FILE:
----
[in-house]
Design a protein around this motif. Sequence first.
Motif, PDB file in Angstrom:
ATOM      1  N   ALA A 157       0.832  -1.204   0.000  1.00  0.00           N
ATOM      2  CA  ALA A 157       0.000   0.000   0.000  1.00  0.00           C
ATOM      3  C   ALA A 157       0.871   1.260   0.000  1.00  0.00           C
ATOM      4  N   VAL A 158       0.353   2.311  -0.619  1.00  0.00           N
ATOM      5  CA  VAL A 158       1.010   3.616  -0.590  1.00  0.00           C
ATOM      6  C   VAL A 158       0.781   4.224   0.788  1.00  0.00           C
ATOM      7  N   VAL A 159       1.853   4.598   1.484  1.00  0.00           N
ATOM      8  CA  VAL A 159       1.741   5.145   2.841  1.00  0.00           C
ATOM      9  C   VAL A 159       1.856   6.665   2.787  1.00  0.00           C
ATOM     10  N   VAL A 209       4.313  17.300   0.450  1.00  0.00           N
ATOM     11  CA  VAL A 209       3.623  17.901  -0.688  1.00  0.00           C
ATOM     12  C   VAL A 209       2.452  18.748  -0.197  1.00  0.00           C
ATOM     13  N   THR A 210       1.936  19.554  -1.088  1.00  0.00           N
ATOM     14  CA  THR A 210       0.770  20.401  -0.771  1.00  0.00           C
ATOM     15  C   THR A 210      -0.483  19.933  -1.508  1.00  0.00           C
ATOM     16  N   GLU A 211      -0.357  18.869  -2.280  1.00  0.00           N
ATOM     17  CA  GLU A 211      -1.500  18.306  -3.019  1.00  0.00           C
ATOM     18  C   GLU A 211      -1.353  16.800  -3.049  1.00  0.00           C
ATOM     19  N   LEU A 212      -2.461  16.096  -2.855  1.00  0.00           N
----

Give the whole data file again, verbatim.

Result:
[in-house]
Design a protein around this motif. Sequence first.
Motif, PDB file in Angstrom:
ATOM      1  N   ALA A 157       0.832  -1.204   0.000  1.00  0.00           N
ATOM      2  CA  ALA A 157       0.000   0.000   0.000  1.00  0.00           C
ATOM      3  C   ALA A 157       0.871   1.260   0.000  1.00  0.00           C
ATOM      4  N   VAL A 158       0.353   2.311  -0.619  1.00  0.00           N
ATOM      5  CA  VAL A 158       1.010   3.616  -0.590  1.00  0.00           C
ATOM      6  C   VAL A 158       0.781   4.224   0.788  1.00  0.00           C
ATOM      7  N   VAL A 159       1.853   4.598   1.484  1.00  0.00           N
ATOM      8  CA  VAL A 159       1.741   5.145   2.841  1.00  0.00           C
ATOM      9  C   VAL A 159       1.856   6.665   2.787  1.00  0.00           C
ATOM     10  N   VAL A 209       4.313  17.300   0.450  1.00  0.00           N
ATOM     11  CA  VAL A 209       3.623  17.901  -0.688  1.00  0.00           C
ATOM     12  C   VAL A 209       2.452  18.748  -0.197  1.00  0.00           C
ATOM     13  N   THR A 210       1.936  19.554  -1.088  1.00  0.00           N
ATOM     14  CA  THR A 210       0.770  20.401  -0.771  1.00  0.00           C
ATOM     15  C   THR A 210      -0.483  19.933  -1.508  1.00  0.00           C
ATOM     16  N   GLU A 211      -0.357  18.869  -2.280  1.00  0.00           N
ATOM     17  CA  GLU A 211      -1.500  18.306  -3.019  1.00  0.00           C
ATOM     18  C   GLU A 211      -1.353  16.800  -3.049  1.00  0.00           C
ATOM     19  N   LEU A 212      -2.461  16.096  -2.855  1.00  0.00           N